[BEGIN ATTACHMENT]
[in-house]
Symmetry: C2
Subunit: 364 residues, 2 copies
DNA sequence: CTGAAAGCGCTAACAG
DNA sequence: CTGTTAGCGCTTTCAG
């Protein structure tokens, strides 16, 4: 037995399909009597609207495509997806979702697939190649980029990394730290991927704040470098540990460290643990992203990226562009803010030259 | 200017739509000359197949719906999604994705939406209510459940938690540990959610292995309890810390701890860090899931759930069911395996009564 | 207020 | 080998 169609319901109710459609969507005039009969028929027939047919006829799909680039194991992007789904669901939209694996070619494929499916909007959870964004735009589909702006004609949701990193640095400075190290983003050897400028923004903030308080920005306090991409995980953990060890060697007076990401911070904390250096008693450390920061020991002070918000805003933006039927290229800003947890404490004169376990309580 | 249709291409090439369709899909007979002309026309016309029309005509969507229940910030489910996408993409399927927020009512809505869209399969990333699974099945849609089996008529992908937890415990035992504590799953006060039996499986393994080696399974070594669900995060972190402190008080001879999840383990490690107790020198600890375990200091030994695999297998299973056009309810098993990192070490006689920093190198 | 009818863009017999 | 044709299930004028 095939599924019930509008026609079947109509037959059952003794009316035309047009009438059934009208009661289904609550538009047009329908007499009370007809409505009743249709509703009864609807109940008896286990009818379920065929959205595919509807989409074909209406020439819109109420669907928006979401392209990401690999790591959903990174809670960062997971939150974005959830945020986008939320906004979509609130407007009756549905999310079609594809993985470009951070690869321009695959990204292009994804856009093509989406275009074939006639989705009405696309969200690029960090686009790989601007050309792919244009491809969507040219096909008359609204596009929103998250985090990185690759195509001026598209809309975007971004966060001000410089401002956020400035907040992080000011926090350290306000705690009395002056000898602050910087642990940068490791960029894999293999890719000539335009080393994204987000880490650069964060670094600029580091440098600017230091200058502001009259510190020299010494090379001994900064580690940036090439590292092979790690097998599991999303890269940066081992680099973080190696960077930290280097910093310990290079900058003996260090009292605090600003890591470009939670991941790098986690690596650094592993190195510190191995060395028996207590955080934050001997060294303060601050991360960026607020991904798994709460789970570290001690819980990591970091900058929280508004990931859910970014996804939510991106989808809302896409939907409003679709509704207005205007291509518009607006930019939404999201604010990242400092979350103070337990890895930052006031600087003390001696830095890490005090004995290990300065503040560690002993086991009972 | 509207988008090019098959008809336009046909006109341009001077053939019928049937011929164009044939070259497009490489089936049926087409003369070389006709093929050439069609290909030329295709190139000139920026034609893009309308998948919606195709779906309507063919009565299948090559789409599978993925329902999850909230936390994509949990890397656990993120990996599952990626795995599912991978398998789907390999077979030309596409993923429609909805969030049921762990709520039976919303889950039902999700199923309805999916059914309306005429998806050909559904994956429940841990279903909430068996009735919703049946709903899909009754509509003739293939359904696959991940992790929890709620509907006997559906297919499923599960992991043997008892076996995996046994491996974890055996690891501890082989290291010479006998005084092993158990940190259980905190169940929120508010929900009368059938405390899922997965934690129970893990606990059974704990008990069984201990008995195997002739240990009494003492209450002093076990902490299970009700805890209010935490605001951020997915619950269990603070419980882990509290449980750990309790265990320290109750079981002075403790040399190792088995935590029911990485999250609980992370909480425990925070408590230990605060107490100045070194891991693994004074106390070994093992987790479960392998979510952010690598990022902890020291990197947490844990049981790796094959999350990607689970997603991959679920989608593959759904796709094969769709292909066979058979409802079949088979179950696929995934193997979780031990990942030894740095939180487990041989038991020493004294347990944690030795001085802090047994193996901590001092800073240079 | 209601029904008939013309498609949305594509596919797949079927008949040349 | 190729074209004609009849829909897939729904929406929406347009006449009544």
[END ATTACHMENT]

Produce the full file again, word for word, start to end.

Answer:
[in-house]
Symmetry: C2
Subunit: 364 residues, 2 copies
DNA sequence: CTGAAAGCGCTAACAG
DNA sequence: CTGTTAGCGCTTTCAG
């Protein structure tokens, strides 16, 4: 037995399909009597609207495509997806979702697939190649980029990394730290991927704040470098540990460290643990992203990226562009803010030259 | 200017739509000359197949719906999604994705939406209510459940938690540990959610292995309890810390701890860090899931759930069911395996009564 | 207020 | 080998 169609319901109710459609969507005039009969028929027939047919006829799909680039194991992007789904669901939209694996070619494929499916909007959870964004735009589909702006004609949701990193640095400075190290983003050897400028923004903030308080920005306090991409995980953990060890060697007076990401911070904390250096008693450390920061020991002070918000805003933006039927290229800003947890404490004169376990309580 | 249709291409090439369709899909007979002309026309016309029309005509969507229940910030489910996408993409399927927020009512809505869209399969990333699974099945849609089996008529992908937890415990035992504590799953006060039996499986393994080696399974070594669900995060972190402190008080001879999840383990490690107790020198600890375990200091030994695999297998299973056009309810098993990192070490006689920093190198 | 009818863009017999 | 044709299930004028 095939599924019930509008026609079947109509037959059952003794009316035309047009009438059934009208009661289904609550538009047009329908007499009370007809409505009743249709509703009864609807109940008896286990009818379920065929959205595919509807989409074909209406020439819109109420669907928006979401392209990401690999790591959903990174809670960062997971939150974005959830945020986008939320906004979509609130407007009756549905999310079609594809993985470009951070690869321009695959990204292009994804856009093509989406275009074939006639989705009405696309969200690029960090686009790989601007050309792919244009491809969507040219096909008359609204596009929103998250985090990185690759195509001026598209809309975007971004966060001000410089401002956020400035907040992080000011926090350290306000705690009395002056000898602050910087642990940068490791960029894999293999890719000539335009080393994204987000880490650069964060670094600029580091440098600017230091200058502001009259510190020299010494090379001994900064580690940036090439590292092979790690097998599991999303890269940066081992680099973080190696960077930290280097910093310990290079900058003996260090009292605090600003890591470009939670991941790098986690690596650094592993190195510190191995060395028996207590955080934050001997060294303060601050991360960026607020991904798994709460789970570290001690819980990591970091900058929280508004990931859910970014996804939510991106989808809302896409939907409003679709509704207005205007291509518009607006930019939404999201604010990242400092979350103070337990890895930052006031600087003390001696830095890490005090004995290990300065503040560690002993086991009972 | 509207988008090019098959008809336009046909006109341009001077053939019928049937011929164009044939070259497009490489089936049926087409003369070389006709093929050439069609290909030329295709190139000139920026034609893009309308998948919606195709779906309507063919009565299948090559789409599978993925329902999850909230936390994509949990890397656990993120990996599952990626795995599912991978398998789907390999077979030309596409993923429609909805969030049921762990709520039976919303889950039902999700199923309805999916059914309306005429998806050909559904994956429940841990279903909430068996009735919703049946709903899909009754509509003739293939359904696959991940992790929890709620509907006997559906297919499923599960992991043997008892076996995996046994491996974890055996690891501890082989290291010479006998005084092993158990940190259980905190169940929120508010929900009368059938405390899922997965934690129970893990606990059974704990008990069984201990008995195997002739240990009494003492209450002093076990902490299970009700805890209010935490605001951020997915619950269990603070419980882990509290449980750990309790265990320290109750079981002075403790040399190792088995935590029911990485999250609980992370909480425990925070408590230990605060107490100045070194891991693994004074106390070994093992987790479960392998979510952010690598990022902890020291990197947490844990049981790796094959999350990607689970997603991959679920989608593959759904796709094969769709292909066979058979409802079949088979179950696929995934193997979780031990990942030894740095939180487990041989038991020493004294347990944690030795001085802090047994193996901590001092800073240079 | 209601029904008939013309498609949305594509596919797949079927008949040349 | 190729074209004609009849829909897939729904929406929406347009006449009544």